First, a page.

• Describe in basic terms people, things, places, and feelings.
  • Talk about plans, decisions, arrangements, and promises.
  • Give advice and talk about rules and obligations.

These are topics you need to study at A2 Level according to Exam English:

Adjectives – comparative, – use of than and definite article
Adjectives – superlative – use of definite article
Adverbial phrases of time, place and frequency – including word order
Adverbs of frequency
Articles – with countable and uncountable nouns
Countables and Uncountables: much/many
Going to
Modals – can/could
Modals – have to
Modals – should

Past continuous
Past simple
Phrasal verbs – common
Possessives – use of β€˜s, s’
Prepositional phrases (place, time and movement)
Prepositions of time: on/in/at
Present continuous
Present continuous for future
Present perfect
How Questions
Verb + ing/infinitive: like/
want-would like
Wh-questions in past
Will / won’t
Zero and 1st conditional

In order to pass the KET test you need to master the grammar topics for A1 and A2

If you pass the KET test it means that you can:

  • Understand and use basic phrases and expressions
  • Understand simple written English
  • Introduce yourself and answer basic questions about yourself
  • Interact with English speakers at a basic level

If you can do all these things it is because you have developed your skills to use English to communicate in simple situations

Intermediate (B1)

At this level you will learn how to:

  • Express yourself with clarity about familiar situations and deal with non-routine information.
  • Understand the main points of conversations related to familiar situations encountered in work, school, leisure, etc.
  • Deal with most situations while traveling in a place where English is spoken
  • Write about simple topics that are familiar or of personal interest
  • Describe experiences and events in the past, dreams, hopes, ambitions, regret, and hypothetical situations
  • Give reasons and explanations about your opinion

These are topics you need to study at B1 Level according to Exam English

Both, either, neither
Broader range of intensifiers; So, such, too, enough
Comparatives and superlatives
Question tags
Conditionals, 2nd and 3rd
Connecting words expressing
cause and effect, contrast etc.

Embedded questions
Future continuous/ Future Perfect
Modals – must/can’t deduction
Modals – might, may, will, probably
Modals – should have/might have/etc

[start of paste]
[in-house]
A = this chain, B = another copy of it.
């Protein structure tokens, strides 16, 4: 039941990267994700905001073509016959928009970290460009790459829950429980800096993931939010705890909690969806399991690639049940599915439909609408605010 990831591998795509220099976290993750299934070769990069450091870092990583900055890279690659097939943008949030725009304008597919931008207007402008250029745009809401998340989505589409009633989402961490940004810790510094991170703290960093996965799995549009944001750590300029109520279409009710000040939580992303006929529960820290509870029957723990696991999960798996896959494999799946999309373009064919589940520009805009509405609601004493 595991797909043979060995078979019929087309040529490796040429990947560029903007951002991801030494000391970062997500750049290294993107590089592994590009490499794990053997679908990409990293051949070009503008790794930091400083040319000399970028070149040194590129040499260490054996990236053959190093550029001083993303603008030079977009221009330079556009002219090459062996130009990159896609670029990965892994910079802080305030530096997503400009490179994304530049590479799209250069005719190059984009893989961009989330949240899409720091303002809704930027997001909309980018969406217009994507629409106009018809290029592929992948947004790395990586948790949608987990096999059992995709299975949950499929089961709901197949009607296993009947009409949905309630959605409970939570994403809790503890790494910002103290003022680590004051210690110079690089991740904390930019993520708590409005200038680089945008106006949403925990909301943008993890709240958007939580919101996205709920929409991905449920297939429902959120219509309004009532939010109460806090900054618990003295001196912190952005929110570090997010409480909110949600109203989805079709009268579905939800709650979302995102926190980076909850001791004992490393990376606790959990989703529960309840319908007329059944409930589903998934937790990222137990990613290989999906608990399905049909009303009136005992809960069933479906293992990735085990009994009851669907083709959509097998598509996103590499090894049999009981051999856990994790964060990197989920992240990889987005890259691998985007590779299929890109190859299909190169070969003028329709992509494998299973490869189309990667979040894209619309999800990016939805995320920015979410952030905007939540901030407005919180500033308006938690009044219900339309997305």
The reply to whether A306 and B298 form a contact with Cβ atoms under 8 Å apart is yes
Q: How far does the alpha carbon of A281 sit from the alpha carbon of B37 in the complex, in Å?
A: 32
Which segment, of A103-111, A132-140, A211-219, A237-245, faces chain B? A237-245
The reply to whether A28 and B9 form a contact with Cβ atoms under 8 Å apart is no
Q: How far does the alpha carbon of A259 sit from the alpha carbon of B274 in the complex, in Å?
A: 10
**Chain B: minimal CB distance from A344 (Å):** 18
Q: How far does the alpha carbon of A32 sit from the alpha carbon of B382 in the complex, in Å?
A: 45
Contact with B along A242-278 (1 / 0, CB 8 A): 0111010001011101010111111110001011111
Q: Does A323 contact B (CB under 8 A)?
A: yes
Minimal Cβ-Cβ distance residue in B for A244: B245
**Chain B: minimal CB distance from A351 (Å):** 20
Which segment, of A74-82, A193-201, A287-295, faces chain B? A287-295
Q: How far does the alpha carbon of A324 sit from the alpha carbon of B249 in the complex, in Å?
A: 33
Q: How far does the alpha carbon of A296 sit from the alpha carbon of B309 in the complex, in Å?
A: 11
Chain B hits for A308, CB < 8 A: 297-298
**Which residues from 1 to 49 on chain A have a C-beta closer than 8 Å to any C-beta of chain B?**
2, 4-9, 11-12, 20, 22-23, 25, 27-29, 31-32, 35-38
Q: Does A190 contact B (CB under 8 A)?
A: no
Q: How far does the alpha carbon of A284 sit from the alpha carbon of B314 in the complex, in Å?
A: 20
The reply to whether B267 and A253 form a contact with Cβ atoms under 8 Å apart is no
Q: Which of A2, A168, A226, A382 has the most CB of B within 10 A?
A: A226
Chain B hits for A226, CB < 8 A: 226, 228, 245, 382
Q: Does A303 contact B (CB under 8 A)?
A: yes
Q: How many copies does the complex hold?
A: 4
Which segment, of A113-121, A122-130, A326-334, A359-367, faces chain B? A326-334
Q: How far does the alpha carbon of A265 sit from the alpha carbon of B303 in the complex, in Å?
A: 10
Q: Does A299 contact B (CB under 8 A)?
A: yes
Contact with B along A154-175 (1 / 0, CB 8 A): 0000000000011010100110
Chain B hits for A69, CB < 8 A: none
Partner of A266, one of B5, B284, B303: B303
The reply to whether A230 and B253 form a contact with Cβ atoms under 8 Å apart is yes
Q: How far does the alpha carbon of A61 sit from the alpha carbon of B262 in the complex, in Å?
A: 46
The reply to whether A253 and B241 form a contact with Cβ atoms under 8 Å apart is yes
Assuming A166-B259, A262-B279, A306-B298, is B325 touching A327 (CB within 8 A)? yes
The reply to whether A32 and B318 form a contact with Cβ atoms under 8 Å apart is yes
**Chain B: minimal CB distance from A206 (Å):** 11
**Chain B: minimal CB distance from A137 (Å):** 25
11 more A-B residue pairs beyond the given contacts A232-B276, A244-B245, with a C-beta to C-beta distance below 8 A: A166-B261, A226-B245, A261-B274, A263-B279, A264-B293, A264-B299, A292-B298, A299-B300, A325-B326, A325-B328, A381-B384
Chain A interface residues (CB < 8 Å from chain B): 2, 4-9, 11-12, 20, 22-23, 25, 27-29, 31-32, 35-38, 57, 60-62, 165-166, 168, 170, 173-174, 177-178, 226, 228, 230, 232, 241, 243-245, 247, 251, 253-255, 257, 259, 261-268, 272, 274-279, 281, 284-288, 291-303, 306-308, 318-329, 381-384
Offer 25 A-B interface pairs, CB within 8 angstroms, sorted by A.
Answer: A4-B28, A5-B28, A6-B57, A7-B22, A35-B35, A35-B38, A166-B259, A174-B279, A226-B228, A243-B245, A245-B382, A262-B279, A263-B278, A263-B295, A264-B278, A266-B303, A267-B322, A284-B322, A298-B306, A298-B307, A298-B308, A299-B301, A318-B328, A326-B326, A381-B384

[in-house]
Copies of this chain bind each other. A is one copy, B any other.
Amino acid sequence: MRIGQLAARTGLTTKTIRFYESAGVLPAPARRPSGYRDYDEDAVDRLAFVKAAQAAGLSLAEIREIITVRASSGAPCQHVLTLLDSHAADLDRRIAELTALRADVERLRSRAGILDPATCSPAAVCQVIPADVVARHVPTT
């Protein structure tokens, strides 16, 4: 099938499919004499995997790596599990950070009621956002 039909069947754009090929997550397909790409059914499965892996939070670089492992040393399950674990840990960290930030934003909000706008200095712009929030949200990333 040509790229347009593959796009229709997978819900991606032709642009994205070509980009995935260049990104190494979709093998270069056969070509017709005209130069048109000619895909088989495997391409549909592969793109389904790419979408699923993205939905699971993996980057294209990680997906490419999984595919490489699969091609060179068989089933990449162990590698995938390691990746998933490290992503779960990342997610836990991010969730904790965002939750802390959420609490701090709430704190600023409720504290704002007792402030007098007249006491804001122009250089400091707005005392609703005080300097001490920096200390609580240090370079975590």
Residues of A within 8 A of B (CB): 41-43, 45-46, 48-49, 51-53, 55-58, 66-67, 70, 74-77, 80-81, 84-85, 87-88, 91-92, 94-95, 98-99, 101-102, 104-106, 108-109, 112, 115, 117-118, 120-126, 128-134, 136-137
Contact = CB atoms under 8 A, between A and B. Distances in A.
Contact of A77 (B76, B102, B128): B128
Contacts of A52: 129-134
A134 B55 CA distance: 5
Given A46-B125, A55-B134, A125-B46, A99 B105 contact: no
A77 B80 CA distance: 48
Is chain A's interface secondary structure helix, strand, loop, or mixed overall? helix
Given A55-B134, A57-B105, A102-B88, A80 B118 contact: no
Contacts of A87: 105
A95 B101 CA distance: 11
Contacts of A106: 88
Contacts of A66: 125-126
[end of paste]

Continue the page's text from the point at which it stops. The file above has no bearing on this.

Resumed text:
Modals: must/have to
Past continuous
Past perfect
Past simple
Past tense responses
Phrasal verbs, extended
Prepositions of place
Present perfect continuous
Present perfect/past simple
Reported speech (range of tenses)
Simple passive
Wh- questions in the past
Will and going to, for prediction

Β Practice time

ClickΒ HEREΒ to do some grammar practice for theΒ PET exam

In order to pass the PET test you need to master the grammar topics for A1, A2 and B1.

If you pass the B1 Preliminary (PET) test it means that you can:

  • Comprehend information in textbooks and articles in English
  • Write letters and emails on everyday subjects
  • Take meeting notes
  • Show awareness of opinions and mood in spoken and written English

If you can do all of these things it is because you have mastered the basics of English and now have practical language skills for everyday use.

High-Intermediate (B2)

At this level you will learn how to:

  • Find and analyze the main ideas of complex texts on concrete or abstract topics, including some technical discussions.
  • Express yourself fluently and spontaneously enough to comfortably communicate with other English speakers. 
  • Communicate orally and in written form clearly on many subjects and explain a complex viewpoint on a topic, including expressing advantages and disadvantages.

These are topics you need to study at B1 Level according to Exam English

Adjectives and adverbs
Future continuous
Future perfect
Future perfect continuous
Mixed conditionals
Modals – can’t have, needn’t have
Modals of deduction and speculation
Narrative tenses

Past perfect
Past perfect continuous
Phrasal verbs, extended
Relative clauses
Reported speech
Will and going to, for prediction
Would expressing habits, in the past

In order to pass the FCE test you need to master the grammar topics for A1, A2, B1 and B2.

If you pass the B2 First Certificate (FCE) test it means that you can:

  • Write short reports and emails
  • Explain an idea or have a detailed discussion in English
  • Understand general English on TV and in newspapers.

If you can do all of these things it is because you can understand the main ideas of complex texts and conversation, and you can express your opinion with some fluency on a wide range of topics.


Third Conditional


We use third conditional sentences to talk about unreal (imaginary or hypothetical) past situations and their consequences.

We use the past perfect or the past perfect continuous in the if- clause (condition)

We use would have + past participle or could have + past participle or might have + past participle in the other clause (consequence/ result)

 Grammar Practice